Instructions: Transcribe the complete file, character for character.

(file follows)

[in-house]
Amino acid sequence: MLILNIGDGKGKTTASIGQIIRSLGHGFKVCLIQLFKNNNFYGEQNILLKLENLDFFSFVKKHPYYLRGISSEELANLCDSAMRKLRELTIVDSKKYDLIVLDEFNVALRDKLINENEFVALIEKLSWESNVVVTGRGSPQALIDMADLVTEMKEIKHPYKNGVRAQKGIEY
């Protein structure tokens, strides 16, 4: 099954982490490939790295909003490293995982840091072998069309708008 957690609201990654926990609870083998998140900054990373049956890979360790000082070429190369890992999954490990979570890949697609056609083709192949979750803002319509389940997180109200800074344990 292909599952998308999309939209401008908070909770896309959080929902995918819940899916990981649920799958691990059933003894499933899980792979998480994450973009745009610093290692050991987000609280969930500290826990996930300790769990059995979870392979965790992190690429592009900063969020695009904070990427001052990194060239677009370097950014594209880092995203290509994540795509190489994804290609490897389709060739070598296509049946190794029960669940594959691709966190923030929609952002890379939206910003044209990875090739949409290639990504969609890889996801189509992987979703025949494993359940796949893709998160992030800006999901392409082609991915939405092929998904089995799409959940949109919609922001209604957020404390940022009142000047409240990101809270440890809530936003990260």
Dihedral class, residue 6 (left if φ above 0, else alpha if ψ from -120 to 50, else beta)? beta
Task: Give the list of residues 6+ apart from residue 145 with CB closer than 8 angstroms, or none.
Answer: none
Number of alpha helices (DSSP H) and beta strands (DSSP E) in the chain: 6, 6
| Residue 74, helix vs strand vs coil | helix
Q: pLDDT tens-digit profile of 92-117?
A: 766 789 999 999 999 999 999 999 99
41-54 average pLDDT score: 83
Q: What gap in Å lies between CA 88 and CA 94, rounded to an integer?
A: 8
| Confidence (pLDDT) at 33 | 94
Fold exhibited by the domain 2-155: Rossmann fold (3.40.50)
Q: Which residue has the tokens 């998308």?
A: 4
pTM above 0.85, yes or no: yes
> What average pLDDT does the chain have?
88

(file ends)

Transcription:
[in-house]
Amino acid sequence: MLILNIGDGKGKTTASIGQIIRSLGHGFKVCLIQLFKNNNFYGEQNILLKLENLDFFSFVKKHPYYLRGISSEELANLCDSAMRKLRELTIVDSKKYDLIVLDEFNVALRDKLINENEFVALIEKLSWESNVVVTGRGSPQALIDMADLVTEMKEIKHPYKNGVRAQKGIEY
């Protein structure tokens, strides 16, 4: 099954982490490939790295909003490293995982840091072998069309708008 957690609201990654926990609870083998998140900054990373049956890979360790000082070429190369890992999954490990979570890949697609056609083709192949979750803002319509389940997180109200800074344990 292909599952998308999309939209401008908070909770896309959080929902995918819940899916990981649920799958691990059933003894499933899980792979998480994450973009745009610093290692050991987000609280969930500290826990996930300790769990059995979870392979965790992190690429592009900063969020695009904070990427001052990194060239677009370097950014594209880092995203290509994540795509190489994804290609490897389709060739070598296509049946190794029960669940594959691709966190923030929609952002890379939206910003044209990875090739949409290639990504969609890889996801189509992987979703025949494993359940796949893709998160992030800006999901392409082609991915939405092929998904089995799409959940949109919609922001209604957020404390940022009142000047409240990101809270440890809530936003990260």
Dihedral class, residue 6 (left if φ above 0, else alpha if ψ from -120 to 50, else beta)? beta
Task: Give the list of residues 6+ apart from residue 145 with CB closer than 8 angstroms, or none.
Answer: none
Number of alpha helices (DSSP H) and beta strands (DSSP E) in the chain: 6, 6
| Residue 74, helix vs strand vs coil | helix
Q: pLDDT tens-digit profile of 92-117?
A: 766 789 999 999 999 999 999 999 99
41-54 average pLDDT score: 83
Q: What gap in Å lies between CA 88 and CA 94, rounded to an integer?
A: 8
| Confidence (pLDDT) at 33 | 94
Fold exhibited by the domain 2-155: Rossmann fold (3.40.50)
Q: Which residue has the tokens 């998308």?
A: 4
pTM above 0.85, yes or no: yes
> What average pLDDT does the chain have?
88